As an SEO consultant, I am often asked to help optimize a new website after it has gone live and hasn’t brought in the hoards of new customers it was meant to. When meeting with prospective clients in this situation the same problems keep coming up. There are a ton of considerations when building a new website, and often times the SEO implications are overlooked. Before you sign a contract, be sure to ask your web designer these questions. It will save you a lot of headaches down the road.

What SEO services are included?

The first thing you want to ask your designer is how will your website be optimized for the search engines. The design of your site has a great deal of impact on your SEO. There are a number of things that when put into place right at the beginning, will serve you well down the road. Things like url structure, file sizes, and mobile-friendliness all play an integral role in your site’s visibility in the search results. So being sure to ask your designer what he or she does to help your SEO is the all important first question.

How will you build for mobile?

There are 3 common ways to build your website for mobile – responsive, adaptive, mobile site. This isn’t the place to get into the differences of each one, but here’s a good article detailing the important differences. The industry standard is responsive design, with organization like Google coming out strongly in favour of this style. From an SEO perspective, it makes sense to go responsive because it presents only one website to the search engines and is ready to be viewed across any screen size.

How will I manage the content and will I be able to update the site myself?

If you are small business owner with a brochure website (i.e. your website is just to promote your services and get people interested in your business), then you don’t need a custom-built content management system (CMS).Unless you are an enterprise business that requires special functionality, a custom Content Management and Member Administration System (CMS) setup for your website probably isn’t necessary. If they tell you that you need a custom CMS or they offer to hardcode it, steer clear. These ways of building your website increase your dependence on your designer to make any changes to your site. You don’t want to pay your designer every time you need to change an image or add a new service. Having your website on a platform like WordPress or Squarespace means that you or someone from you team can make the easy changes without having to get a designer involved.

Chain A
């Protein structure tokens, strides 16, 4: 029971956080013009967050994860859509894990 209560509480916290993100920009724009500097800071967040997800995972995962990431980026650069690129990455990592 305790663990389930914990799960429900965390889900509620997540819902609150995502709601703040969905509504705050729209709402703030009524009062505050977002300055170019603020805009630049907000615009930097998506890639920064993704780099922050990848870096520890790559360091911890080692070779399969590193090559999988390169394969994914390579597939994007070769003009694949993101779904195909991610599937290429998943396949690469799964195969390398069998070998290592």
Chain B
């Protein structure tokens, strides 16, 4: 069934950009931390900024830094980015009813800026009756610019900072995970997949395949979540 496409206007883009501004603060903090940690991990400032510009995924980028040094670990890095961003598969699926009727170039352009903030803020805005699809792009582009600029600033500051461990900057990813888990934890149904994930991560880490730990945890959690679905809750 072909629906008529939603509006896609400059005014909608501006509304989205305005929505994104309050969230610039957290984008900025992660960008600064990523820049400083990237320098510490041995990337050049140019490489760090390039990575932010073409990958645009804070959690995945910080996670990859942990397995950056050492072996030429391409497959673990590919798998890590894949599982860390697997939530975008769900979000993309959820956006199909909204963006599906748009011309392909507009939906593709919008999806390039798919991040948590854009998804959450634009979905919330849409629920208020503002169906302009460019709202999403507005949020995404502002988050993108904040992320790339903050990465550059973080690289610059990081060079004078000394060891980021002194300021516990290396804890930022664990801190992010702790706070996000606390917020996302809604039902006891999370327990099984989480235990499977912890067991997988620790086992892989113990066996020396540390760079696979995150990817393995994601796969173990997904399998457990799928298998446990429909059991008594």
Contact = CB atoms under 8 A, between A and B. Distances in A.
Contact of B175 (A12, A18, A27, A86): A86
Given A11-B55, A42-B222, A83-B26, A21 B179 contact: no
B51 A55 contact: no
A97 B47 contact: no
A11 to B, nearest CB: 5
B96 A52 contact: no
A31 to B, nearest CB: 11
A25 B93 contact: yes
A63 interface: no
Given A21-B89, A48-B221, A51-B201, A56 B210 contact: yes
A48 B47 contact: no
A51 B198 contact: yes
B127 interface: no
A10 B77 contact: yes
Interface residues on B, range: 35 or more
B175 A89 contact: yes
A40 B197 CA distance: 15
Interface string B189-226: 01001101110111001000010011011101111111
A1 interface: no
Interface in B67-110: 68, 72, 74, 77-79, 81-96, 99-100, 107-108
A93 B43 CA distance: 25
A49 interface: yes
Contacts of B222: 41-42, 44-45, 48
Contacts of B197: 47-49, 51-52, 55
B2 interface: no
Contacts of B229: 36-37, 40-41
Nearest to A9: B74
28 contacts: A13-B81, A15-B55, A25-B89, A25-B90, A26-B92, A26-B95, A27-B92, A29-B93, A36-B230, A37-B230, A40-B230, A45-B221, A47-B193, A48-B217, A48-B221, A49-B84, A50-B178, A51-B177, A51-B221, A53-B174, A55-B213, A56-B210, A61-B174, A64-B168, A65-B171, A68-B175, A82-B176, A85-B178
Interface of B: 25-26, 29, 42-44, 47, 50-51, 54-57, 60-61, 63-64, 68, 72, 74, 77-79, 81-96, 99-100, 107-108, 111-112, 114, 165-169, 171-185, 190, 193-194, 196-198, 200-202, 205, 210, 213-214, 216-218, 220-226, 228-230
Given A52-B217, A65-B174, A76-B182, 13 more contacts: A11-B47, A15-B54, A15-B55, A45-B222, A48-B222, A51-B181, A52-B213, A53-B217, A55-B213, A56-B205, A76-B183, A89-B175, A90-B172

Do we have to host the website with your company?

Some web development consultants who do provide web hosting require you to host your website with them, be sure to check out the ongoing costs of this and what it would mean to move your site to a different hosting company. This will help to avoid any contract disputes down the road.  This leads us to our next point.

Who owns the template files?

I’ve talked with clients who have had a beautiful website built for them, but at the end of the day the designer retains ownership of the files. This doesn’t make sense to me. If you paid for your website design, then you own those files. In the case that you ever want to make changes to the design or you need to move your site to a new server, you need to have those files. Be sure that you get full FTP access to the website being developed for you, and a login for any databases.

Ask the right questions

There are a lot of fantastic website designers – and some not so great ones – out there. But there are somethings that a designer may overlook when building a new site, that will have bigger implications down the road. So if you are considering giving your website a revamp then have a frank conversation with your designer about your website. Find a consultant or agency that works with you so that you can do what is right for the long term goals of your business.

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